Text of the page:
In Freedom Summer, Bruce Watson’s amazing attention to detail vividly brings to life the dramatic events that took place in Mississippi in 1964. Watson’s account of the murder of three civil rights workers that summer and the ensuing aftermath told in David Drummond’s deep, baritone voice makes for a very powerful listen. Thanks to numerous interviews with eyewitnesses to this striking moment in American history, Watson fills Freedom Summer with precise details like the midnight runs one civil rights worker would take to relieve his stress and the first terrifying night another spent half awake in her new office in Mississippi. It’s these telling details that give the book a sweeping, novelistic quality.
There’s also a sense of immediacy that stems from Watson’s precise writing and Drummond’s performance. Drummond wisely takes a matter-of-fact approach to narrating the book. There’s no reason to add extra drama to Freedom Summer. What happened that year in Mississippi needs no embellishment.
Freedom Summer should be heard in every 20th-century American history class, as it zeros in on a specific time and place and reminds us exactly what happened so we will never forget this dramatic turning point in American history. Ken Ross
©2010 Bruce Watson (P)2010 Tantor
"Bruce Watson captures, with skill and sensitivity, the drama of that historic summer in Mississippi.... This is the best account I have seen of Freedom Summer." (Howard Zinn, author of A People's History of the United States)
A child of the 60s I approached this book with the impression that I knew most of what took place. Fortunately, I was wrong. This book revisits the summer of 1964 when 700 or so volunteers arrived to register voters in Mississippi. Familiar characteris of the era come alive through Bruce Watson's pen - LBJ, Stokely Carmichael and others. More importantly, a critical number of the 700 participants also come to life which is so interesting. If you think you know what took place and you fully understand the implications - look at this book again. It is informative, well written by Watson, and wonderfully read by David Drummond.
Great read, or in my case listen to, "Freedom Summer" by Bruce Watson. 700 people going into Mississippi to draught attention to Jim Crow laws in the south in '64. Many were abused. Several lost their lives. This pales in comparison to the black population in Mississippi who were abused, and lost their lives under Jim Crow. Freedom Summer wasn't the beginning of the Civil Rights movement, nor was it the end. In My opinion Freedom Summer turned a candle into a spotlight. Change had to come
I lived in N Mississippi at this time. I was a teen but had no idea!!
Very informative. I recently became interested in the civil rights movement's freedom summer & freedom schools and this book covers so much that I wanted to learn. Very detailed.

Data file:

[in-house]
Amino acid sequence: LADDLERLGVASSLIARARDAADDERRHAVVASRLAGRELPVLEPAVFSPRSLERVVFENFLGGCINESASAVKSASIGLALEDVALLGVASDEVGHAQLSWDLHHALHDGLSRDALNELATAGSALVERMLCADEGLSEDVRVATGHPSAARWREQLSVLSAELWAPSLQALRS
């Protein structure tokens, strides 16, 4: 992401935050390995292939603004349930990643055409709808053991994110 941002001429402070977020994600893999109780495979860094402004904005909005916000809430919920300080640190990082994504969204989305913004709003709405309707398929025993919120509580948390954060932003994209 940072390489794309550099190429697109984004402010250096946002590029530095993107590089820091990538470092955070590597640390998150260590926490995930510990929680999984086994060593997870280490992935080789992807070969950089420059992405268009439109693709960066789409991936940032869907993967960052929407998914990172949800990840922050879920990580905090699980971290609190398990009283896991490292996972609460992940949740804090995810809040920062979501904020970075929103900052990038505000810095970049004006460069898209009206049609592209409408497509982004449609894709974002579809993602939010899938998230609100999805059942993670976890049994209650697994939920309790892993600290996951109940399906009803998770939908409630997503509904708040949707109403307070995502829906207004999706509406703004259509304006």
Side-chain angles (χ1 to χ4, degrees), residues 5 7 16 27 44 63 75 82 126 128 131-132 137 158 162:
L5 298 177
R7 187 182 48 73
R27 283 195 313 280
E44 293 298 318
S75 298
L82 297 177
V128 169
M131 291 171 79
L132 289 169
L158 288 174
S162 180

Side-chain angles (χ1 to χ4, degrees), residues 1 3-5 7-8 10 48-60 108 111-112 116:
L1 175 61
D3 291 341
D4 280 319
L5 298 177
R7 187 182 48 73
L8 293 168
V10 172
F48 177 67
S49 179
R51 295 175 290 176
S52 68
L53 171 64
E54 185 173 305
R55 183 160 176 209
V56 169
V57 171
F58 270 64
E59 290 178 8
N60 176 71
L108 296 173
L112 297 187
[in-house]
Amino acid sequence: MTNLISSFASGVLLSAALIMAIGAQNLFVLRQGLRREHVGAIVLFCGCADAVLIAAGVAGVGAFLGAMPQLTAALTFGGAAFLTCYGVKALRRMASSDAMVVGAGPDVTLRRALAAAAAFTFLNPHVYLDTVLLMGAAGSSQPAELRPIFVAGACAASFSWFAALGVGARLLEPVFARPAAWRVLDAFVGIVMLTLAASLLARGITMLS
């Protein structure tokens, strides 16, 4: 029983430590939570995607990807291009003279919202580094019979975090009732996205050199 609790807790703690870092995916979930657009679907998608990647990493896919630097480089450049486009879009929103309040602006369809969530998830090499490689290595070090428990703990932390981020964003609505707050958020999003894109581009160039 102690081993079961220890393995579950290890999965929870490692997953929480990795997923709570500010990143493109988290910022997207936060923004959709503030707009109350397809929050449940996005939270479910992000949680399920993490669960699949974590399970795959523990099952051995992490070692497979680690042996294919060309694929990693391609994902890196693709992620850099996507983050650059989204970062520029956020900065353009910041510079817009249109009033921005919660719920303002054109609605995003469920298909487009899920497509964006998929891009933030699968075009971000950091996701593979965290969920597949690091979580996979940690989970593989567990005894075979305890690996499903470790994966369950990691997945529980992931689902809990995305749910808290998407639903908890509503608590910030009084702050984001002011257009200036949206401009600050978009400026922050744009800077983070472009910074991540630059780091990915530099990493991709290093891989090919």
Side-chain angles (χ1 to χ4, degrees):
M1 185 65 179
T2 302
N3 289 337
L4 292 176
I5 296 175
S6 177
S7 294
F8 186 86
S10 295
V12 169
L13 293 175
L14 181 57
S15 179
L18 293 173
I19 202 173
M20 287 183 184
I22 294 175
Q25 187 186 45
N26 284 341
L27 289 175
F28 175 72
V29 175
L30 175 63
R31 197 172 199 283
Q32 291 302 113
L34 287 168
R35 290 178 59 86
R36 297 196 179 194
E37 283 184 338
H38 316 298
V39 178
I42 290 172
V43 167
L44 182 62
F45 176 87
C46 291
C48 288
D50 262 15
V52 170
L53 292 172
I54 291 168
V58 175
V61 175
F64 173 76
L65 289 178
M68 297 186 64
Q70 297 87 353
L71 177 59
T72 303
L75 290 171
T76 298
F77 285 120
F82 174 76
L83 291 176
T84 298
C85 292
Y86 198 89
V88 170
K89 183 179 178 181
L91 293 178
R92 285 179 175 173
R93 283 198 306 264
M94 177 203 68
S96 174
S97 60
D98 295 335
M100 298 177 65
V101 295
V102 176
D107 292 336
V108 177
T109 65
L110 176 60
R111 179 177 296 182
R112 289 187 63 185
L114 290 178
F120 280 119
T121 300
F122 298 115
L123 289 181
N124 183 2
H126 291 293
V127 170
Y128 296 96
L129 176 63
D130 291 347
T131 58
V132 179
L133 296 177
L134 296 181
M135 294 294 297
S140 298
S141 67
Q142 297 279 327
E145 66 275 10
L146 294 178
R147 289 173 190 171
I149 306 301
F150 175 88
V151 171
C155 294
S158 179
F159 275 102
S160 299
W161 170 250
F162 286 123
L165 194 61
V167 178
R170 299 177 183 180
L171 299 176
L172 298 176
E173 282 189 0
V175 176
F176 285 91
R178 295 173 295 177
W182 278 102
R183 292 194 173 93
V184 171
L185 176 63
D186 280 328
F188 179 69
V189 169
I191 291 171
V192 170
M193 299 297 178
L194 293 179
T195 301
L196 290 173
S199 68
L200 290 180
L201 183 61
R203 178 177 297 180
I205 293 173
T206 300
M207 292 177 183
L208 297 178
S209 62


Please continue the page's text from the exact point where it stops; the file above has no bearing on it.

This is a thorough and engaging look at the summer of 1964 when a number of dedicated young people went to Mississippi to register blacks to vote and establish "Freedom Schools". All the harrowing events that started with the murders of Goodman, Schwerner and Chaney are chronicled as Watson follows several of the volunteers through the months of June, July and August. The listener can feel the fear that the volunteers experienced daily and the culture-shock that many of them felt. Toward the end of the book, Watson mentions how Mississippi is one of the most progressive states in the South now, having more black elected officials than any other state in the country. This summer was the 50th anniversary of "Freedom Summer"; however, there is much more to be done before all Americans are considered first-class citizens.
The narrator David Drummond has the right tone and inflections for this important book.
Yes! I have always been fascinated by the civil rights struggles, particularly in Mississippi, during the 1960s. Bruce Watson takes a complex time and place and brings it to life. I can feel the summer heat, the overpowering fear, and the glimmers of hope that were present during that summer that began the shift into voter racial equality.
When Martin Luther King met the young teacher, telling her that what she was doing was not "nothing," that the children were the future.
I thoroughly enjoyed this book. Bruce Watson is a talented writer, historian, journalist(?). David Drummond was very good in this performance, though there is something I can't put my finger on that does not make this a 5-star performance. I would listen to other performances of his - he is a good narrator (better than most).
Read this book if you have any interest in civil rights, Mississippi, the 1960s... heck, read this book!
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